People need to feel valued for their contributions, and building a culture of appreciation and acknowledgment is a simple,cost-effective method that companies can implement and maintain to keep people engaged and able to achieve the work-life balance they seek in their lives.
I will give you an example that I wrote about in my new book, "Grateful Leadership: Using the Power of Acknowledgment to Engage All Your People and Achieve Superior Results." The example as I recall it, really drove home the point for me about the effectiveness of having and continually enabling a culture of appreciation and gratitude. It occurred when I delivered a keynote address to an Information Systems conference in Arizona, after which a young woman came up to me and said, "I am a living example of what you have been talking about!"
"Great," I said and waited curiously to hear her story.
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"I used to work for a great company, Booz Allen Hamilton,"she began. "I felt valued and appreciated every day and loved coming to work,even when I was involved in difficult and challenging projects," she continued."And then I got an offer to go to another company with a more senior level position with a higher salary. Even then it was a tough call," she said, "but I eventually chose to take the job. Then, after just a few weeks, I realized I had made a huge mistake. There was no appreciation for anything I did, no praise or recognition or acknowledgment. I felt confused and uncertain all the time, and did not feel valued at all. And so," she said with a big grin, "last week I quit! I don't have another job lined up, but I am going back to Booz Allen Hamilton in any position. I really need to be in a company that appreciates its people."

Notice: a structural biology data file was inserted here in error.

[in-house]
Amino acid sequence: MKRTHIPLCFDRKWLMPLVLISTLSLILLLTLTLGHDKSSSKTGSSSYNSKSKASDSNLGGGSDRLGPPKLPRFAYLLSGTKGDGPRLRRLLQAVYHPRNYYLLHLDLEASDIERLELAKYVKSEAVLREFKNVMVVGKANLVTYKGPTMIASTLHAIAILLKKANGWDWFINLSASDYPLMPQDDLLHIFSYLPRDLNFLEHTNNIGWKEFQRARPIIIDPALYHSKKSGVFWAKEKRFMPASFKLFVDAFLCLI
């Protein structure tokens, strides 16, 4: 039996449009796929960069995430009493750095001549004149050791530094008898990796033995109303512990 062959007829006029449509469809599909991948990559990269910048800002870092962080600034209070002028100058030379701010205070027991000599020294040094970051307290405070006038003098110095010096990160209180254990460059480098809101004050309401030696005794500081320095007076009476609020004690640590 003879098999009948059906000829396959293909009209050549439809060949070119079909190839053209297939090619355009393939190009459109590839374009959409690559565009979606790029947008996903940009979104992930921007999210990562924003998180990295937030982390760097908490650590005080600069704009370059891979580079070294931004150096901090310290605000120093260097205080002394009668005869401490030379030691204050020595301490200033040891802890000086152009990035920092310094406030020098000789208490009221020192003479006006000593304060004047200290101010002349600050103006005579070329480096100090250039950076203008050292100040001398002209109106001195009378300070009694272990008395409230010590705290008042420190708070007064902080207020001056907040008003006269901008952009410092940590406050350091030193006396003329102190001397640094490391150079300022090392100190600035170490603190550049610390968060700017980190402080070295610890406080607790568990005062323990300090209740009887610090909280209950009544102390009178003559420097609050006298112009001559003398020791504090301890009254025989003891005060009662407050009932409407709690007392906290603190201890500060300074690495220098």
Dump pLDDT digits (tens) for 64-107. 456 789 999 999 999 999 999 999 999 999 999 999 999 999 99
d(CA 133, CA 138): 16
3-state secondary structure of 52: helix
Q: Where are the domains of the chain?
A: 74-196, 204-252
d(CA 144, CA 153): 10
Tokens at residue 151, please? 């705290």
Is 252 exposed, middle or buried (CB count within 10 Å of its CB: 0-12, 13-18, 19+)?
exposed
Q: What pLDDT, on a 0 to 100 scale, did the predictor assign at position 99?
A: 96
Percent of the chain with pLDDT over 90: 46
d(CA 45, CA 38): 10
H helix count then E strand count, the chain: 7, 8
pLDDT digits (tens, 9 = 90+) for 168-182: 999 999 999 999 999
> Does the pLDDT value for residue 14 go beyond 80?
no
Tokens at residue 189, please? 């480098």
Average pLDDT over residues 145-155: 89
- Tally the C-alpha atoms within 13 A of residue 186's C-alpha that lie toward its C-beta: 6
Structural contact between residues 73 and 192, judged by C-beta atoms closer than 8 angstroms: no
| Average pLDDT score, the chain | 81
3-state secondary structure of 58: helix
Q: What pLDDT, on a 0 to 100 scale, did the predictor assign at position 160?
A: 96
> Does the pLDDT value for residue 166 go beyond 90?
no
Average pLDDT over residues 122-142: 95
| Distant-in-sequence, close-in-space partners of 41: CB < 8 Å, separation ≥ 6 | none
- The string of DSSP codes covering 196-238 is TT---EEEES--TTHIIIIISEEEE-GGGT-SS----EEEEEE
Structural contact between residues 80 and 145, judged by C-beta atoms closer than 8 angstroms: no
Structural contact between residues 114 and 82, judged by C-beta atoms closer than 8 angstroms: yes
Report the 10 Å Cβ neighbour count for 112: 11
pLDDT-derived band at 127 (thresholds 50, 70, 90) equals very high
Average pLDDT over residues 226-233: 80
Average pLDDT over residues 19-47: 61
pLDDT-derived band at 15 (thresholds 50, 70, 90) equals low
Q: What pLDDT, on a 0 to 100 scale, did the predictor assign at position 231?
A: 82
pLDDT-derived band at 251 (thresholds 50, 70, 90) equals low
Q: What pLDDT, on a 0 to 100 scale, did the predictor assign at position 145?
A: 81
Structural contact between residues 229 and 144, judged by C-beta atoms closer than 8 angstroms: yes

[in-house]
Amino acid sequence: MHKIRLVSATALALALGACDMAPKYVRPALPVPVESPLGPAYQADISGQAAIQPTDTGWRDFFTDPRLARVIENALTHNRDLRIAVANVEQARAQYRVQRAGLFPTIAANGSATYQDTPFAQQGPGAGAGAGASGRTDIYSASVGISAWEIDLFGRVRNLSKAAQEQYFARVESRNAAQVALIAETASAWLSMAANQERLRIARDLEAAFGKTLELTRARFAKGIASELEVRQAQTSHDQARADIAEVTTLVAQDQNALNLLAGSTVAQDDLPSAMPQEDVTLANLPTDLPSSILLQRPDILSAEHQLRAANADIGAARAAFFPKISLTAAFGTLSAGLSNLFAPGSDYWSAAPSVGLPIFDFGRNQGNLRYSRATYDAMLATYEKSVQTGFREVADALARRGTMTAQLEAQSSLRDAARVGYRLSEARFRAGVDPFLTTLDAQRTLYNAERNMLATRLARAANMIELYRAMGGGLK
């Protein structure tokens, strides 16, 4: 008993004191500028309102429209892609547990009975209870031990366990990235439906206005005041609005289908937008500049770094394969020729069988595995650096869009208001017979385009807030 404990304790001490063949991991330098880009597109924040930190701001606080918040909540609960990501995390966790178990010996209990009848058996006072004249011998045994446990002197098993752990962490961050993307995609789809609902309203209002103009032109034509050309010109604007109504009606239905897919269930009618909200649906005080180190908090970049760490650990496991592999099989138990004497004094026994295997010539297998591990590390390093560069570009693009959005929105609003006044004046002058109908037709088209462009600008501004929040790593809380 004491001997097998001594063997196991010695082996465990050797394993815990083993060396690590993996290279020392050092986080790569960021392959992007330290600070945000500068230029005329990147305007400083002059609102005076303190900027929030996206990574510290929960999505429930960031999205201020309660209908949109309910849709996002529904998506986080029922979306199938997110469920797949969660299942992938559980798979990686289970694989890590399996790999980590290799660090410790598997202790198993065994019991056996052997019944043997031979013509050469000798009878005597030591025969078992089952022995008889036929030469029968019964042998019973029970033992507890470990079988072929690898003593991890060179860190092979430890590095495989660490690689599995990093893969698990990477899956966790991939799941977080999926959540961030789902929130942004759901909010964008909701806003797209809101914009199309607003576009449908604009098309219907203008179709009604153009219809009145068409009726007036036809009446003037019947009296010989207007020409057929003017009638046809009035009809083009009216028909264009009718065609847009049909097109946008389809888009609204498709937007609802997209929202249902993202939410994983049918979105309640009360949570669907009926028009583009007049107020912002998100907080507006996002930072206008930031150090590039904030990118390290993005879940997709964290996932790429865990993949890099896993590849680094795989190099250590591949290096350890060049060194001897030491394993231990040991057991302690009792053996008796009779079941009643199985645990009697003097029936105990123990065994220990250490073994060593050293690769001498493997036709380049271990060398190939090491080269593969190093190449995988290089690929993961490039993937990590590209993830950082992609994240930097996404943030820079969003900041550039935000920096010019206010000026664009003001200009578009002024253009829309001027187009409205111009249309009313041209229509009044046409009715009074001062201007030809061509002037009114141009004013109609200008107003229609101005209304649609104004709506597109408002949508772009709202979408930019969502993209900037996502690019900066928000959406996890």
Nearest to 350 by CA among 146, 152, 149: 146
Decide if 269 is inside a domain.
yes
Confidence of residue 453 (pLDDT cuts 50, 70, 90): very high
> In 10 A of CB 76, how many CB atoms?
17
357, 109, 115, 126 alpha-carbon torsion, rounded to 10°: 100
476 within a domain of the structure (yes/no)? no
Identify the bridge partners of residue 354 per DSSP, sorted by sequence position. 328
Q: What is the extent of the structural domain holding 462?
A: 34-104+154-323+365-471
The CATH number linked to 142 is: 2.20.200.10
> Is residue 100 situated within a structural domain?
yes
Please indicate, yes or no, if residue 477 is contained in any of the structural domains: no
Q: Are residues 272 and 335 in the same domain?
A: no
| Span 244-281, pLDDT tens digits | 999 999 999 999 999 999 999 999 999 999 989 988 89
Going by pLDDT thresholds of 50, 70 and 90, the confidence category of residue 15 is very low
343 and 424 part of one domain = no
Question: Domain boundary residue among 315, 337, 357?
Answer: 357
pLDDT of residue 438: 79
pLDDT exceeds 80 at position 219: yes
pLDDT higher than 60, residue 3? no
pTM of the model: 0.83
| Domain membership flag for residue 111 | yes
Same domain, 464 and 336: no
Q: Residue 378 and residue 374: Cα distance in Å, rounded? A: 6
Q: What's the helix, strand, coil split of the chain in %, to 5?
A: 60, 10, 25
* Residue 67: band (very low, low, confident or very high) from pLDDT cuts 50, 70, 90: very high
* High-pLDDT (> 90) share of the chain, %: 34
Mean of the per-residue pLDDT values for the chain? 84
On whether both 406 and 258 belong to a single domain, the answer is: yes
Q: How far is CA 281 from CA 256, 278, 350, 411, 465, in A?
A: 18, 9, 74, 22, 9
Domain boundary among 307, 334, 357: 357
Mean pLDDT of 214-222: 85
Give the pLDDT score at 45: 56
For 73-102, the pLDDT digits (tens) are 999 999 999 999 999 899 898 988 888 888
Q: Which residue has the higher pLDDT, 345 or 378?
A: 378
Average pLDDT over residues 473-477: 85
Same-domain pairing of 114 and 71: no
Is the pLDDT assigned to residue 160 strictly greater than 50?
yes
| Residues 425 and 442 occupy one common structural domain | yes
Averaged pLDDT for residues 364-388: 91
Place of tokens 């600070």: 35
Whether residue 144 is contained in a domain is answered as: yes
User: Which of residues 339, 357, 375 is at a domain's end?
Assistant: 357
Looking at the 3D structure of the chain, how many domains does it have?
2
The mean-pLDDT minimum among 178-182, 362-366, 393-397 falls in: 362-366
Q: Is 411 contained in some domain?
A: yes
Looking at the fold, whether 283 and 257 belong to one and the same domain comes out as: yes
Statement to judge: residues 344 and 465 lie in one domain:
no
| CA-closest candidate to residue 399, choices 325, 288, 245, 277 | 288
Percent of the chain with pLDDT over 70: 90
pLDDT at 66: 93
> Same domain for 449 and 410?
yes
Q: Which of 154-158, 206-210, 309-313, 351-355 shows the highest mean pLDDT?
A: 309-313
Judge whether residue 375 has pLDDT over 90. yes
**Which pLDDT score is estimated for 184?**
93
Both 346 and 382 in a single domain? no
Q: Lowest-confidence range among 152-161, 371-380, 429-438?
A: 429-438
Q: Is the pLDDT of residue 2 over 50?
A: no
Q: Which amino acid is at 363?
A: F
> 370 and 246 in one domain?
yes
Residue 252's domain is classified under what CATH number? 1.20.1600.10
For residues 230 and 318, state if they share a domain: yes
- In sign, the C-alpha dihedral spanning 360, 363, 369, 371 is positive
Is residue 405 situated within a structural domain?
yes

I found this story intriguing, and with my interest piqued, I sought out a partner at the company to talk about their culture as well as to share with her the story I had been told. I asked the Partner, "Have you heard of other examples of people leaving and then wanting to return to your company because they missed its positive culture?"
She laughed and said, "Oh yes, we call them the 'come-back kids', and we welcome them, knowing how happy they are to make their greatest contribution to a company that values them."
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The Society for Human Resource Management (SHRM) cites "lack of appreciation" in an Employee Retention Study as the number one reason why good people leave good jobs to go to other companies. So what can be done about this goes beyond perks and benefits. Leaders who recognize that the special gifts and talents people bring to the team and organization as a whole must be valued and acknowledged on a consistent basis. As a leader, allow yourself to feel and express the gratitude you have for your people, especially when they dedicate themselves and their unique talents to accomplishing the objectives at hand.